From what has been said, we may see the importance of lay influence at and around missionary stations in foreign lands. It is absolutely essential to the practical exhibition of the power of religion. It is this alone, that can fully show to the heathen the excellence of Christianity above Paganism. This will throw the strong light of the Gospel upon the ghastly features of Idolatry, and exhibit in startling contrast the lovely fruits of true religion on the one hand, and the revolting abominations of heathenism on the other. ChrisTIAN EXAMPLE is an instrument by which nations the most fierce and intractable, may be moulded into the image of gentleness and docility. It is the lever by which mountains of prejudice may be removed, that now so greatly impede the progress of divine truth among the nations to which missionaries have been sent.

Now is it not plainly the duty of pious laymen to have a strict reference to their usefulness as Christians, in all their plans and purposes for settlement and business in life ? Ought they not to be willing to go to whatever part of their country or the world may open to them in their appropriate department of religious action, the widest and most promising field of Christian exertion ? Ought they to shrink from the hardships and self-denials incident to a residence in heathen lands, when they may there become co-workers with the regular missionaries of Christ

, in supplanting the standard of Idolatry, and erecting the standard of the cross? We hope the time will soon come, when every pious, enterprizing young man, who shall be seeking a place in which to commence business for himself, will make it a question of conscience and of duty, whither he shall go. It is not right, it is not Christian, to regard it merely as a question of self-interest.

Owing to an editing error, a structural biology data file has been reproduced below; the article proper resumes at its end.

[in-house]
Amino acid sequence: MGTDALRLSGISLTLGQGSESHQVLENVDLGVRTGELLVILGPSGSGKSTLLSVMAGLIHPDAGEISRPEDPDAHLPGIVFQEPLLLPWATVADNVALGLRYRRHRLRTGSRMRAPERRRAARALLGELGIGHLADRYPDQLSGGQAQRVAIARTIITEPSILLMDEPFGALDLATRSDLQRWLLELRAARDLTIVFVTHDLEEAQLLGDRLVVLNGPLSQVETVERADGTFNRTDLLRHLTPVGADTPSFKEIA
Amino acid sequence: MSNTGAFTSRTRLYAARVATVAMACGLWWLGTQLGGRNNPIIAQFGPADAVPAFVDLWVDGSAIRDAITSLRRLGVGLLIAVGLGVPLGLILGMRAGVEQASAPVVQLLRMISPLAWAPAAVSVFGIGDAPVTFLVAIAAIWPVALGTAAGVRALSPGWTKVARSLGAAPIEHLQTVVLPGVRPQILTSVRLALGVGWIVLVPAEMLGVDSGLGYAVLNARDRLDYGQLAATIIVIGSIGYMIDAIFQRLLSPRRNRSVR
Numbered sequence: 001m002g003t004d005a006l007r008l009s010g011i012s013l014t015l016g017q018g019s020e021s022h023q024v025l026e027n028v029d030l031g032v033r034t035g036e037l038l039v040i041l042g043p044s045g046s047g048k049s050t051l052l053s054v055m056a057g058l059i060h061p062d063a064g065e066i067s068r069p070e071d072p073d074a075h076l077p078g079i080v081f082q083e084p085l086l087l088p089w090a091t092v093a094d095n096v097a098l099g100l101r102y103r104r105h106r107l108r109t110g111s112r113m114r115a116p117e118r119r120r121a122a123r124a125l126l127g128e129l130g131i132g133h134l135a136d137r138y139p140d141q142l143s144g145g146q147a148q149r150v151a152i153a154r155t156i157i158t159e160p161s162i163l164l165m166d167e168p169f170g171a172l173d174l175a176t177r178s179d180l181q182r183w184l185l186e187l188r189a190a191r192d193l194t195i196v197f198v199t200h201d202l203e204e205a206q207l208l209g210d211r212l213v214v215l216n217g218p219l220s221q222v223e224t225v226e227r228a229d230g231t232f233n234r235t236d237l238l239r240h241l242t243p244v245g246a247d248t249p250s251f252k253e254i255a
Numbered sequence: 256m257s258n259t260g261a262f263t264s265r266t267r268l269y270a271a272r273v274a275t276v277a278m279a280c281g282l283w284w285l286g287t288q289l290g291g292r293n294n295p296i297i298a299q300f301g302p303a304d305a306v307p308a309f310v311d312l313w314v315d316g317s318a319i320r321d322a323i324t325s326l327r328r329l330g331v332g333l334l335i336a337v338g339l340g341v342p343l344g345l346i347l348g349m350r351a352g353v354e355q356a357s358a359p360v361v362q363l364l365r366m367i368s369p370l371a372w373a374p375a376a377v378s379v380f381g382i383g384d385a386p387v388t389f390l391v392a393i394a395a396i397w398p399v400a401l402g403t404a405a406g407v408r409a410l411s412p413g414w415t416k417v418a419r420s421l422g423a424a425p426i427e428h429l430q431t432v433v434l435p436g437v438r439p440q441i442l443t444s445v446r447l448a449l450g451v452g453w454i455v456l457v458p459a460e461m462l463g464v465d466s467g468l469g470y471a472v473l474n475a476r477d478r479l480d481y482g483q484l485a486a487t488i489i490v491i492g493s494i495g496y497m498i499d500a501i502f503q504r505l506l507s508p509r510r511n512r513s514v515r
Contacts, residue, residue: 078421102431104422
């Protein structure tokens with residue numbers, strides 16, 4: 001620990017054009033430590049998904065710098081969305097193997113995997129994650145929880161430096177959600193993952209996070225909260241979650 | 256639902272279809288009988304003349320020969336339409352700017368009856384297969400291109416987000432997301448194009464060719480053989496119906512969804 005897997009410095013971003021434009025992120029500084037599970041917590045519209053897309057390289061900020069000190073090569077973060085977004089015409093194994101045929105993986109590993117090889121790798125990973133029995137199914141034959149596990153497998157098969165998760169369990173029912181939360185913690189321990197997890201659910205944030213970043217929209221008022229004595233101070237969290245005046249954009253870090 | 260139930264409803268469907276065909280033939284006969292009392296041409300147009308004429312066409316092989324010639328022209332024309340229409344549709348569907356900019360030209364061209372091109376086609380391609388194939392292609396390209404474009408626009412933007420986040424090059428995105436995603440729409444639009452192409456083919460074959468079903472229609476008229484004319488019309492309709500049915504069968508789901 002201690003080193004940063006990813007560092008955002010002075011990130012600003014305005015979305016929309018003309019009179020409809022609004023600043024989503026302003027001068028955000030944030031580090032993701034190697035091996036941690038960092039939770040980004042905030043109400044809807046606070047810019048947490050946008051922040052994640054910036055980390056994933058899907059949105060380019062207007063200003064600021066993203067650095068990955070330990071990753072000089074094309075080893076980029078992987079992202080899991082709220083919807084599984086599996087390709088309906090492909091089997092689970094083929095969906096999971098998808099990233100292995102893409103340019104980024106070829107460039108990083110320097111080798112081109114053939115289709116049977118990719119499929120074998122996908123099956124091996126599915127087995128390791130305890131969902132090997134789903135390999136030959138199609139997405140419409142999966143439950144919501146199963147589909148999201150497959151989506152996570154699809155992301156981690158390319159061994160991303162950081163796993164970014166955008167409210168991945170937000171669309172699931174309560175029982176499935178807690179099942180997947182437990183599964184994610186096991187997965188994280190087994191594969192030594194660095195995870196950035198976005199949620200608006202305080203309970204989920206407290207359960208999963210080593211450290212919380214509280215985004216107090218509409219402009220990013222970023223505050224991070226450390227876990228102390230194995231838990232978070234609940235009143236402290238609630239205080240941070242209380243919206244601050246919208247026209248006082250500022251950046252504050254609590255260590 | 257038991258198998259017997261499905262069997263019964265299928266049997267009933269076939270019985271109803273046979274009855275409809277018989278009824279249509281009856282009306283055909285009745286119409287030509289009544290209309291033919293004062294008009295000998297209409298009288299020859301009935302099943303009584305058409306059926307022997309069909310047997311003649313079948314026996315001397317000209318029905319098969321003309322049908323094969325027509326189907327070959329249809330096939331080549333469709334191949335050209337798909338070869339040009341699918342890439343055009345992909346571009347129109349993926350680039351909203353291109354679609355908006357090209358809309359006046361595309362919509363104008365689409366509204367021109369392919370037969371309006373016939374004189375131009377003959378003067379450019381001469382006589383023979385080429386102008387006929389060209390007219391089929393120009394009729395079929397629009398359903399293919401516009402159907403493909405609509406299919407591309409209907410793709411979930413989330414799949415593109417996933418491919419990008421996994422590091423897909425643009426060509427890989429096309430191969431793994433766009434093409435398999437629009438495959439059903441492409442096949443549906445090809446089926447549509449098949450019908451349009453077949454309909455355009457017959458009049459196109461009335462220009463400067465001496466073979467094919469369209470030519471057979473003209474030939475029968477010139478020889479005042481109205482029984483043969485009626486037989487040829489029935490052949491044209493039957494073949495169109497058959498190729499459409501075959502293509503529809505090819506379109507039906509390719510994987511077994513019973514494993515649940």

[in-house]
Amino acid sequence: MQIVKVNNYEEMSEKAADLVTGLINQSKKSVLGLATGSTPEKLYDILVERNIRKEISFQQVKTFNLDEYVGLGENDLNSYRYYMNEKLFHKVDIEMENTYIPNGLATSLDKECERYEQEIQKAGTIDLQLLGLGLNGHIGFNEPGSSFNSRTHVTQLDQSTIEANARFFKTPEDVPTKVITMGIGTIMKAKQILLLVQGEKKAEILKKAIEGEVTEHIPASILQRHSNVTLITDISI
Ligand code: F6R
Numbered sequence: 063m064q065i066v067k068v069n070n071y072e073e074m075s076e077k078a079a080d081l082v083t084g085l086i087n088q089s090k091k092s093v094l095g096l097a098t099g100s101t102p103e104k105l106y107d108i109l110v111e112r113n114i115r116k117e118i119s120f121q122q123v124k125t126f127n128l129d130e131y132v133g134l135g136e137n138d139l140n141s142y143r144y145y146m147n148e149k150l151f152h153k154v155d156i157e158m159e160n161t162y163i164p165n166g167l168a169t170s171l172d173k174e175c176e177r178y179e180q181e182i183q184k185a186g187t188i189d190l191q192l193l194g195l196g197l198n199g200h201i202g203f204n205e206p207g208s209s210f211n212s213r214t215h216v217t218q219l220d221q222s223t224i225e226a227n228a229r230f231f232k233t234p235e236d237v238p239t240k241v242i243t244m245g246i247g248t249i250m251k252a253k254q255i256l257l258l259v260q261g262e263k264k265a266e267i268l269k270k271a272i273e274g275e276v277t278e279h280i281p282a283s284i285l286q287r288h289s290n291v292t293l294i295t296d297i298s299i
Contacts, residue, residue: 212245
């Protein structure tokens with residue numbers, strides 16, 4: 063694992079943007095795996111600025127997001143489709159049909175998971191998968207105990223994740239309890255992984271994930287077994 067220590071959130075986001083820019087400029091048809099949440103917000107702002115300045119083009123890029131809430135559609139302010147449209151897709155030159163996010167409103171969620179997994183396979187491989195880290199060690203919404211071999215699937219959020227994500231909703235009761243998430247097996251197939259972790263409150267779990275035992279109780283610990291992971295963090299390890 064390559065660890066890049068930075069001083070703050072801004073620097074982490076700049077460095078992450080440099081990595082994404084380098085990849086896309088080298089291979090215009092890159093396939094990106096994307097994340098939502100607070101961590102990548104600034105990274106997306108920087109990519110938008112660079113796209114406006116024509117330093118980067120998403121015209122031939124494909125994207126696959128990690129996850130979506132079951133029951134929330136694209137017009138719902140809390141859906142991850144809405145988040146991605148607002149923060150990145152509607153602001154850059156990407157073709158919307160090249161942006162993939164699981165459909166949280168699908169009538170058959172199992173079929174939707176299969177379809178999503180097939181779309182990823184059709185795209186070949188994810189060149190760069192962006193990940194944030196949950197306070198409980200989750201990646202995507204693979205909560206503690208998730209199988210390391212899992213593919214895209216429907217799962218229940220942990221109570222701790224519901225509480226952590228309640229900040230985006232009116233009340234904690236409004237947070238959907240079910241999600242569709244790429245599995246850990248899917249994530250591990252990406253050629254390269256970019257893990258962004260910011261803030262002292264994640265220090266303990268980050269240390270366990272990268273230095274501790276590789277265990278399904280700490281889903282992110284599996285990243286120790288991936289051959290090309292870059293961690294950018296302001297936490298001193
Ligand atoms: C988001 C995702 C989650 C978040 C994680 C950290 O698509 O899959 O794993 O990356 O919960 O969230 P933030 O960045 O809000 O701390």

We cannot doubt that there are hundreds of places in the vicinity of missionary stations, which would afford great facilities for lucrative business, as well as for the exertion of religious influence. Men of the world, who hate religion, tear themselves away from friends and country, and take up their abode among savages. For filthy lucre's sake, they subject themselves to toils, perils, privations, and sufferings, and not unfrequently, by diligence and perseverance, acquire a fortune, with which they return in joy to their native land. Why should the Christian be less resolute and enterprizing in business, than the man of the world? He need not expect greater hardships, or be less confident of success. The one is impelled by narrow and selfish motives—the other should go forth for benevolent and pious ends. The one has no assurance that God will bless him —the other knows that his heavenly Father will watch over all his interests. The one leaves all his friends behind the other will be constantly attended and supported by a friend that sticketh closer than a brother.

We cannot contemplate the subject of Christian missions, either as it regards foreign lands, or the newly settled portions of the United States, without a firm conviction that a greater number of private Christians, and particularly of business men, ought to give themselves personally and directly to the missionary service. Their example in the multifarious concerns of active life, is the most perfect medium through which the excellence of religion may be seen, and its power felt. Their influence, like the air we breathe, readily diffuses itself through the corruptest masses of savage society, and thus prepares the way for the direct and effectual application of Gospel truth to the hearts and consciences of the vilest idolaters.